In the present-day manufacturing scenario, manufacturing companies are continuously striving for improvement, leading to increased effectiveness. One such way of achieving manufacturing effectiveness is by employing world-class manufacturing strategies, for example, lean manufacturing and total productive maintenance. The world-class manufacturing strategies focus on the processes involved in manufacturing. However, the effectiveness of the organization depends not only on the processes involved in the organization but also relates to some discomfort factors, that is, the state of the workforce, more specifically to health and safety of the workers.[3],[7],[8],[9] As discomfort in a work environment directly affects the health of employees and minimizes their quality of health and performance at work, it has become a risk factor in an industrial environment, if not controlled, could lead to various manufacturing complications affecting productivity. Therefore, there is a need to study and analyze the factors that causes discomfort and suggest ways of eliminating and/or minimizing discomfort to employees. Research have been carried out on discomfort analysis across various industries. One of the most important sectors in the manufacturing is foundry (metal casting) industry and the research carried out on discomfort in the foundry industry is fairly low. India's foundry industry, which is the third-biggest foundry industry globally in terms of production capacity (10 million tonnes in FY16) after China (40 million tonnes) and the US (11 million tonnes), has an installed capacity of 15 million tonnes per year. Many workers are based their employment in the foundry industry. In this background, this discomfort study was carried out in the foundry industry.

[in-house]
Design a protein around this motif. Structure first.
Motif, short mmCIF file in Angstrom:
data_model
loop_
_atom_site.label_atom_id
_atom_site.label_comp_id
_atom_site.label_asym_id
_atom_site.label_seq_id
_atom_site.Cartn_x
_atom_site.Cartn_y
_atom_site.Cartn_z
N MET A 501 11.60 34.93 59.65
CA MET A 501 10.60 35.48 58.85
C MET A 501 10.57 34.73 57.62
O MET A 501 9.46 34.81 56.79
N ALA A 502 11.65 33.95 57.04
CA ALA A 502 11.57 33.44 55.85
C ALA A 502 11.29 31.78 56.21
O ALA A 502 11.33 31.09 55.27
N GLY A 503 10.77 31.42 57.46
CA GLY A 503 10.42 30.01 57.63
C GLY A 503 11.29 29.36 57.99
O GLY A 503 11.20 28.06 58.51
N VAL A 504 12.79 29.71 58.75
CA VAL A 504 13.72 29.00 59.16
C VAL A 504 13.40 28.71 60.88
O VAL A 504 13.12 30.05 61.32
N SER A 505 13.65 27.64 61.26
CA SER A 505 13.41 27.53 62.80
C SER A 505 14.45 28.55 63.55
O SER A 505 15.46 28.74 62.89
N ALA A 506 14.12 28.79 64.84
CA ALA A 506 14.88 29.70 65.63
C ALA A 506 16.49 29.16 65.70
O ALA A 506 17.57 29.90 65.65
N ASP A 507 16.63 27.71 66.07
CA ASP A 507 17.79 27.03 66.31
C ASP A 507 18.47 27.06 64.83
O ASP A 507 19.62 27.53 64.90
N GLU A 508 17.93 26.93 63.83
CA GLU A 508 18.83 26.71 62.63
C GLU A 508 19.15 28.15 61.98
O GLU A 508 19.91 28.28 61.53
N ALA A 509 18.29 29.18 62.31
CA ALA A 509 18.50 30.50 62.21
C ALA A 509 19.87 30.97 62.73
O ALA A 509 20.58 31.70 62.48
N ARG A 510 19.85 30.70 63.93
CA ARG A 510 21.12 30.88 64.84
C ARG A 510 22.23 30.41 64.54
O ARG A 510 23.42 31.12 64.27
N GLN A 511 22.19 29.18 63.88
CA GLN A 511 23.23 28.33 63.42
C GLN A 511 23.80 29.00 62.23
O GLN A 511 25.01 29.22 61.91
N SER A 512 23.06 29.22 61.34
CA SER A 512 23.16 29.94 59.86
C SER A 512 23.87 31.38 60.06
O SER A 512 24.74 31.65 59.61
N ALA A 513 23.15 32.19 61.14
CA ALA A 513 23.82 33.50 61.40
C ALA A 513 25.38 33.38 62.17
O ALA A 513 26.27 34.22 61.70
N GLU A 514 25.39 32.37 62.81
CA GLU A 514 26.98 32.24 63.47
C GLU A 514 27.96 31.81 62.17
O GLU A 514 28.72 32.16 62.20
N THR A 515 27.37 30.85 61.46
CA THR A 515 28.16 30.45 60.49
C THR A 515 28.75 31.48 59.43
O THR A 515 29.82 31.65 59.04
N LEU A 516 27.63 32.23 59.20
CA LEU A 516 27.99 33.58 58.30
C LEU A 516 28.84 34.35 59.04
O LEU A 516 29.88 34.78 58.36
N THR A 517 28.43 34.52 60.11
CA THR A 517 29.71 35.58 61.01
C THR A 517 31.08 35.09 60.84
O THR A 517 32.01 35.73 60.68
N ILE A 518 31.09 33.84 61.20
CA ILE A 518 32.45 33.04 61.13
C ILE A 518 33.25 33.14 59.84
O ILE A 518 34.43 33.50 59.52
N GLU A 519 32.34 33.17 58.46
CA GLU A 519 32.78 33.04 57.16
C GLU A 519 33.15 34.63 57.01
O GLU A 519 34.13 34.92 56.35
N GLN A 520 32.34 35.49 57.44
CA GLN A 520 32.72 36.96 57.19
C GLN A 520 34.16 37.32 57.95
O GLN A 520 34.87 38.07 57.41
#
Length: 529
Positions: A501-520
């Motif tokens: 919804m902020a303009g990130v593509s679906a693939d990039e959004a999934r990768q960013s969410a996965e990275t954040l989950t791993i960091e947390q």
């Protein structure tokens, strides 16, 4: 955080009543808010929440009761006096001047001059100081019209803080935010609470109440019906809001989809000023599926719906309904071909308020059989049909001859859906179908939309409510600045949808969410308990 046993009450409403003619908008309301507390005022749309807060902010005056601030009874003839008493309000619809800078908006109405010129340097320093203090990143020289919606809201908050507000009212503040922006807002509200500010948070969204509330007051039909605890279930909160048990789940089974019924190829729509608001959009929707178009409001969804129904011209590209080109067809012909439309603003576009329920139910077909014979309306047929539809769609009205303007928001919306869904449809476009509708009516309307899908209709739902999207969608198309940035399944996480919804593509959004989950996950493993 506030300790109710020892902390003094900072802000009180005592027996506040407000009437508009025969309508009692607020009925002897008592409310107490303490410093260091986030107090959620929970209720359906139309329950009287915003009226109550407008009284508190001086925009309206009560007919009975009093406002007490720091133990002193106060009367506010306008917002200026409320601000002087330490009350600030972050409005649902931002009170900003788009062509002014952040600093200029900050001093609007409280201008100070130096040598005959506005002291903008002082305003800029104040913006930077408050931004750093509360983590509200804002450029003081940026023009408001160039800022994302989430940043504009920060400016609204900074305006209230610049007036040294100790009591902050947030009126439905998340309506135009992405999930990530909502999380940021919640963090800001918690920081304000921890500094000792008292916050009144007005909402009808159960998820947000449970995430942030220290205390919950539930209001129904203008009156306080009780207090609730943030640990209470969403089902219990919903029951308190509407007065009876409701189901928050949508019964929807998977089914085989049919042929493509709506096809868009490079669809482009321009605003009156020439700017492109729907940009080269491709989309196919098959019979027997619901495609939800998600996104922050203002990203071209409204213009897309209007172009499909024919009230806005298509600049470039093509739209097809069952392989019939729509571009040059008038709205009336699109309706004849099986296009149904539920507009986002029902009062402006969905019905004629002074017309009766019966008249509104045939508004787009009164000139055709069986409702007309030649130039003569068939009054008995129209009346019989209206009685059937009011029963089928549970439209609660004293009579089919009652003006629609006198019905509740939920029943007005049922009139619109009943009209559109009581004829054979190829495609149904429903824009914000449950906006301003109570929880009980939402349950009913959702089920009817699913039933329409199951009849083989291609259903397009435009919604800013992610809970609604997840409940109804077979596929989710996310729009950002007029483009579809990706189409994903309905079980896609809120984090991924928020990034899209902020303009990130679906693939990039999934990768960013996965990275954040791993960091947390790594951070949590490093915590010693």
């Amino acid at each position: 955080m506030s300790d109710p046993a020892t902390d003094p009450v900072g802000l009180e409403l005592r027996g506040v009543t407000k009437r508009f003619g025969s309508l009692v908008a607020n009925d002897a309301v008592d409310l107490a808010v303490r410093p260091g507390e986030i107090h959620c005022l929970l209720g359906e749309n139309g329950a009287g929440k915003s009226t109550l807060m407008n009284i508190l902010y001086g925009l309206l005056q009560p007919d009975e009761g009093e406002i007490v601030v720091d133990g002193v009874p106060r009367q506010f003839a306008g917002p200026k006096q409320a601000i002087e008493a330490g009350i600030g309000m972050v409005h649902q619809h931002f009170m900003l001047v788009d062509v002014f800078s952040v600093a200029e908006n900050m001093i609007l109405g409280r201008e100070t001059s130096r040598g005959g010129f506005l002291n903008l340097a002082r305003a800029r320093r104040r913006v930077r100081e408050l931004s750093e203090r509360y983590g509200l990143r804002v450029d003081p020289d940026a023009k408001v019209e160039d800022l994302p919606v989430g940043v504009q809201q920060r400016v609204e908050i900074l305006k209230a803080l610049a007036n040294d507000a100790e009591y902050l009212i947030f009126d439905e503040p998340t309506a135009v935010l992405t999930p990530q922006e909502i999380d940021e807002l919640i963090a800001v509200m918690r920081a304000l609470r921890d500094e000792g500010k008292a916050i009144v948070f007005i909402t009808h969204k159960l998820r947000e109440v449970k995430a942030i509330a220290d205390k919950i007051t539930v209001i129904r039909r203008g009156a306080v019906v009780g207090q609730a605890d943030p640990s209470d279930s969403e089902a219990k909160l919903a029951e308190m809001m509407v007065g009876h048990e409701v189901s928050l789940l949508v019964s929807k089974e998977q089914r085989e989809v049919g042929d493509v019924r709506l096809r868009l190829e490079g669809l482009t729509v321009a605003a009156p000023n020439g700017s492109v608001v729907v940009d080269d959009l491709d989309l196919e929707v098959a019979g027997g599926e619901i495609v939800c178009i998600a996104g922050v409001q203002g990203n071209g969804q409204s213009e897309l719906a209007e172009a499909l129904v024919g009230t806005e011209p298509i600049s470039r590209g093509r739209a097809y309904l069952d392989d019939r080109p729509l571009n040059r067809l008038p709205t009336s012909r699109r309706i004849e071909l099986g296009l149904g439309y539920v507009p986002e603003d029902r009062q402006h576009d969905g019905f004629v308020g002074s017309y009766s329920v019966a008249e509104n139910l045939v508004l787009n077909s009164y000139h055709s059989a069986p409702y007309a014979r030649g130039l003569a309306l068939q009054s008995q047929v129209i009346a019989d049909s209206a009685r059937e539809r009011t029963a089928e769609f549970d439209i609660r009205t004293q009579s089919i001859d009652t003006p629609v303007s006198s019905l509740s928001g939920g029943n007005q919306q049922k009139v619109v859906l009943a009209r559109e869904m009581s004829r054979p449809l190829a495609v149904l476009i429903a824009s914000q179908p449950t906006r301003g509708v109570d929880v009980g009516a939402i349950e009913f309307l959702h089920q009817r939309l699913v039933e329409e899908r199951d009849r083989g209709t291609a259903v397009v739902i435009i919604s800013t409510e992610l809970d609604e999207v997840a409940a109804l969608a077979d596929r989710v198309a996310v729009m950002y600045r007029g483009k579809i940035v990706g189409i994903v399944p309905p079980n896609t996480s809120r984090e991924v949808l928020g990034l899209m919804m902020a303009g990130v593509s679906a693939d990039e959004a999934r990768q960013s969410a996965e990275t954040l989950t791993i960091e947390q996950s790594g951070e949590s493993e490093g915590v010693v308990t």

In a foundry environment, the workers are subjected to hot temperatures and respiratory problems and this leads to discomfort in the body of the workers. The workers are required to work in a posture for a prolonged duration, which give rise to distress in their body.[10],[13],[14],[15],[16] At present, many workers are employed in the foundry industry globally and this article is intended at studying the level of thermal and respiratory discomfort experienced by some workers employed in foundry environment. The aim of this study is to analyze the thermal and respiratory discomfort in the foundry workers. The results of this study shall be employed in formulating an action plan to prevent the occurrence of factors causing thermal and respiratory discomfort, thereby improving the health and safety level of the workers and working environment.

  Materials and Methods Top

Workers (subjects)